top of page

Turnout: The Secret Weapon for Equine Health?

Brace yourself, because I'm about to drop a bomb that might shake up your world. Turnout — yes, the seemingly simple act of letting your horse roam freely in a pasture— has been proven to be more effective for overall health than many structured training programs. I'm talking about musculoskeletal health, psychological well-being, digestive stability, hoof strength, and more. If that raises your blood pressure, good. It means you’re interested. Now, get with the research and find out why I'm so passionate about this topic.

Here's what you need to know about the game-changing benefits of turnout for your horse.

Improves Musculoskeletal Health

Turnout encourages horses to move freely, enhancing muscle tone and joint flexibility. This reduces the risk of injuries associated with repetitive movements during structured training (McGreevy & McLean, 2010). It can also help prevent musculoskeletal disorders such as arthritis and soft tissue injury (Nielsen, 2023).

Increases Psychological Health

Social interaction and natural behaviors like rolling and grazing are crucial for psychological health. Research shows that horses with regular turnout exhibit lower stress-related behaviors compared to those confined to stalls (Hartmann et al., 2012). This reduced stress contributes to a calmer mind and body during training sessions.

Promotoes Hoof Health

Ditching the shoes and opting for regular turnout on varied terrain strengthens hoof structure and promotes better circulation and growth (Bowker, 2012). This reduces the risk of common hoof issues like thrush and hoof cracks (Albonzo, et. al., 2024) and promotes prevention of common orthopaedic issues such as navicular, ringbone, sidebone, and more.

Improves Digestion

Turnout promotes natural grazing, leading to a more balanced digestive process. Ermers et. al. (2023) found that horses with regular turnout had a more stable gut microbiome, which reduced the risk of digestive issues like colic and gastric ulcers, common among stall-kept horses.

Improves General Fitness

Interestingly, horses on pasture turnout without structured exercise can achieve similar if not better fitness levels to those in exercise programs. Improvements in bone strength cardiovascular capacity have been noted (Graham-Thiers et. al., 2009). This is primarily due to the constant low-impact exercise that occurs during natural movement in the pasture.

Reduces Occurence Gastric Ulcers

Gastric ulcers are a significant concern with alarming statisticts of 70-90% of domestic horses afflicted (Vokes et. al., 2023). There is no more time to waste keeping horses stalled. These numbers are becoming epidemic. A study by Andrews et al. (2017) found that increased turnout is associated with improved buffering of gastric acid, reducing the likelihood of ulcer formation.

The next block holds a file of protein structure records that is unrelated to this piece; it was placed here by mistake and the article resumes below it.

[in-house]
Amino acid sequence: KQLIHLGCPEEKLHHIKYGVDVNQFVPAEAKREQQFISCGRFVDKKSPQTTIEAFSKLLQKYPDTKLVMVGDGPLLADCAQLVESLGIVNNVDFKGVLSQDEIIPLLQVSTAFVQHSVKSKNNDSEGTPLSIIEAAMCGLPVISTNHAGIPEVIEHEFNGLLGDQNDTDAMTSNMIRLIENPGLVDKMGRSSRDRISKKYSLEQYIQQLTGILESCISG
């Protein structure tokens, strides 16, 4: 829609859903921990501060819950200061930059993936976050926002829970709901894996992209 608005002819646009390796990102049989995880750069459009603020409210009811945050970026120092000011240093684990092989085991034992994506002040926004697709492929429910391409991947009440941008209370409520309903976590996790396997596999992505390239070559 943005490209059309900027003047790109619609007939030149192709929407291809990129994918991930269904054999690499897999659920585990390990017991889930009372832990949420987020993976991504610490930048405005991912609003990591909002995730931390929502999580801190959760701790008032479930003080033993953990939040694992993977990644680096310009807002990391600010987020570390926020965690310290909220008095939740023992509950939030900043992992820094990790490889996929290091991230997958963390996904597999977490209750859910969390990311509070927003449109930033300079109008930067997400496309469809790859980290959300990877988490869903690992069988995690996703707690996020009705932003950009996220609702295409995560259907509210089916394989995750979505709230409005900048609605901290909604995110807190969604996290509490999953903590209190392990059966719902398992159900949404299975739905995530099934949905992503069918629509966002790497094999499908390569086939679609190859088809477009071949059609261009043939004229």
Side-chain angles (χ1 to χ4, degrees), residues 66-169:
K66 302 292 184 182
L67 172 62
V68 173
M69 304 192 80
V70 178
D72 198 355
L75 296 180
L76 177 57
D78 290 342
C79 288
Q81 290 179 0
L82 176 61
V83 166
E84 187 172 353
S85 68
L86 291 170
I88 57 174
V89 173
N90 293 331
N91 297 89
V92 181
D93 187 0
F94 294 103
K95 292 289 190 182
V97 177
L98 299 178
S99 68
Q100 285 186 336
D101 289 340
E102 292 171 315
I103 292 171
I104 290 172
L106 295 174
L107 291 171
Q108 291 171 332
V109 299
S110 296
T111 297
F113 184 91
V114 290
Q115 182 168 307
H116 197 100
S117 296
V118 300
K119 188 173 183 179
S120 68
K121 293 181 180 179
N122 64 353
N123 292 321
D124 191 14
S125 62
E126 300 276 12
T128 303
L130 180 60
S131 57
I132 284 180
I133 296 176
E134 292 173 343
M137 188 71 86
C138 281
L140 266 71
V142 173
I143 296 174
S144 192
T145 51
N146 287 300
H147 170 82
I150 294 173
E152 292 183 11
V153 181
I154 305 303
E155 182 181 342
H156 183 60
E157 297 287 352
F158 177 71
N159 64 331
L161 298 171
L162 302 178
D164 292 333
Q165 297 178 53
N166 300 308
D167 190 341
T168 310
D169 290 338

Improves Cartilage Synthesis (especially post surgically)

Research shows that exercise for post-operative horses improved cartilaginous repair compared to non-exercised horses (Toddhunter et. al., 1993). For more on the detriments of stall rest post-injury see my other blog here.

Bone Development

Turnout can positively impact bone development in growing horses. Graham-Thiers et. al., (2009) found that turning out growing horses full-time reduces the incidence of developmental orthopaedic diseases, emphasizing the importance of consistent, low-impact exercise for bone health.


Turnout isn't just a perk; it's a must-have for equine health and development. From stronger muscles and bones to fewer injuries, letting horses roam freely is a game-changer. Without regular turnout, we're not just missing out on benefits—it's a welfare issue.


Andrews, F. M., Nadeau, J. A., & Saxton, A. M. (2017). Relationship between gastric ulceration and the type of work performed in horses. Journal of Equine Veterinary Science, 58, 78-82.

Albanozzo, S., Borg, L., Camilleri, L., & Bowker, R.M. (2024). Hoof Capability of Barefoot-Kept Horses and Ponies Walking over Artificial Environments: An Anatomical and Radiological Study. Preprints.

Bowker, Robert & Isbell, Diane & Lancaster, Lisa & Leonhardt, Wayne. (2012). The Horse's foot as a Neurosensory Organ: How the Horse Perceives its Environment..

Ermers C, McGilchrist N, Fenner K, Wilson B, McGreevy P. The Fibre Requirements of Horses and the Consequences and Causes of Failure to Meet Them. Animals. 2023; 13(8):1414.

Elke Hartmann, Eva Søndergaard, Linda J. Keeling. (2012). Keeping horses in groups: A review. Applied Animal Behaviour Science, Volume 136, Issues 2–4, 2012, Pages 77-87, ISSN 0168-159.

Graham-Thiers, Patty & Bowen, L.. (2009). Improved Ability to Maintain Fitness in Horses During Large Pasture Turnout. Journal of Equine Veterinary Science - J EQUINE VET SCI. 29. 430-432. 10.1016/j.jevs.2009.04.127.

McGreevy, P., & McLean, A. (2010). Equitation Science. Wiley-Blackwell.

Nielsen, B.D. A Review of Three Decades of Research Dedicated to Making Equine Bones Stronger: Implications for Horses and Humans. Animals. 2023; 13(5):789.

Todhunter RJ, Minor RR, Wootton JA, Krook L, Burton-Wurster N, Lust G. Effects of exercise and polysulfated glycosaminoglycan on repair of articular cartilage defects in the equine carpus. J Orthop Res. 1993 Nov;11(6):782-95. doi: 10.1002/jor.1100110603. PMID: 8283322.

Vokes J, Lovett A, Sykes B. Equine Gastric Ulcer Syndrome: An Update on Current Knowledge. Animals (Basel). 2023 Apr 5;13(7):1261. doi: 10.3390/ani13071261. PMID: 37048517; PMCID: PMC10093336.


Thanks Elisse. Fabulous information for horse owners to think about.


Fantastic. Need to spread this information so stall huggers will stop locking their horses up. Mine have been free on acreage and shoeless for their whole lives

They are relaxed....Happy... Healthy.. I will never have them in stalls or small paddocks. They need to be HORSES not prisoners.

bottom of page